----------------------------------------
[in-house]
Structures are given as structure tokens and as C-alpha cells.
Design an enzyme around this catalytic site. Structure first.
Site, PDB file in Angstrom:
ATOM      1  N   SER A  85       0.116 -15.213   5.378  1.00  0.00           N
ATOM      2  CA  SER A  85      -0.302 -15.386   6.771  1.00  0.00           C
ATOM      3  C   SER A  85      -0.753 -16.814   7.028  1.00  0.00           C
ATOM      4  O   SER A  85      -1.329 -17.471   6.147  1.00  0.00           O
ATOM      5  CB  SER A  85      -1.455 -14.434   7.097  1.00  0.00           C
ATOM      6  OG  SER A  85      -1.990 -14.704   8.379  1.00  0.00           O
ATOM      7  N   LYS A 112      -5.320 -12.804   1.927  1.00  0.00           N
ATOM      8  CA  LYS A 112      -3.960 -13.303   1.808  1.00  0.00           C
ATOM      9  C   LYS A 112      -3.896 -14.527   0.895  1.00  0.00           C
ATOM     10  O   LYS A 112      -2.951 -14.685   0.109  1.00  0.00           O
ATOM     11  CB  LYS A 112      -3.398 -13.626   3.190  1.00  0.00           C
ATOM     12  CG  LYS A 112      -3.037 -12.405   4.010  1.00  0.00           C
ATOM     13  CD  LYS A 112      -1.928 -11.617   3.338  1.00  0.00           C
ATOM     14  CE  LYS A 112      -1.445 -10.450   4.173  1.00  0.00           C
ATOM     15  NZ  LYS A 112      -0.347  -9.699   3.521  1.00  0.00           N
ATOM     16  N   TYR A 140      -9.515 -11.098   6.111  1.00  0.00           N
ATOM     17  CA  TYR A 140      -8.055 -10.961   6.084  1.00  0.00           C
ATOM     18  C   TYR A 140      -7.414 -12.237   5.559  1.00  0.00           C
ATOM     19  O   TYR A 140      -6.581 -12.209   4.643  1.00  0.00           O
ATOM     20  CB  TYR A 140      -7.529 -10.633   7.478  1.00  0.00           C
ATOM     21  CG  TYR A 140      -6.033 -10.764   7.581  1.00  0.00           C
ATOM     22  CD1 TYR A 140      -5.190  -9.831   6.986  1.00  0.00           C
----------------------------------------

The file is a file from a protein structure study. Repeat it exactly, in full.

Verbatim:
[in-house]
Structures are given as structure tokens and as C-alpha cells.
Design an enzyme around this catalytic site. Structure first.
Site, PDB file in Angstrom:
ATOM      1  N   SER A  85       0.116 -15.213   5.378  1.00  0.00           N
ATOM      2  CA  SER A  85      -0.302 -15.386   6.771  1.00  0.00           C
ATOM      3  C   SER A  85      -0.753 -16.814   7.028  1.00  0.00           C
ATOM      4  O   SER A  85      -1.329 -17.471   6.147  1.00  0.00           O
ATOM      5  CB  SER A  85      -1.455 -14.434   7.097  1.00  0.00           C
ATOM      6  OG  SER A  85      -1.990 -14.704   8.379  1.00  0.00           O
ATOM      7  N   LYS A 112      -5.320 -12.804   1.927  1.00  0.00           N
ATOM      8  CA  LYS A 112      -3.960 -13.303   1.808  1.00  0.00           C
ATOM      9  C   LYS A 112      -3.896 -14.527   0.895  1.00  0.00           C
ATOM     10  O   LYS A 112      -2.951 -14.685   0.109  1.00  0.00           O
ATOM     11  CB  LYS A 112      -3.398 -13.626   3.190  1.00  0.00           C
ATOM     12  CG  LYS A 112      -3.037 -12.405   4.010  1.00  0.00           C
ATOM     13  CD  LYS A 112      -1.928 -11.617   3.338  1.00  0.00           C
ATOM     14  CE  LYS A 112      -1.445 -10.450   4.173  1.00  0.00           C
ATOM     15  NZ  LYS A 112      -0.347  -9.699   3.521  1.00  0.00           N
ATOM     16  N   TYR A 140      -9.515 -11.098   6.111  1.00  0.00           N
ATOM     17  CA  TYR A 140      -8.055 -10.961   6.084  1.00  0.00           C
ATOM     18  C   TYR A 140      -7.414 -12.237   5.559  1.00  0.00           C
ATOM     19  O   TYR A 140      -6.581 -12.209   4.643  1.00  0.00           O
ATOM     20  CB  TYR A 140      -7.529 -10.633   7.478  1.00  0.00           C
ATOM     21  CG  TYR A 140      -6.033 -10.764   7.581  1.00  0.00           C
ATOM     22  CD1 TYR A 140      -5.190  -9.831   6.986  1.00  0.00           C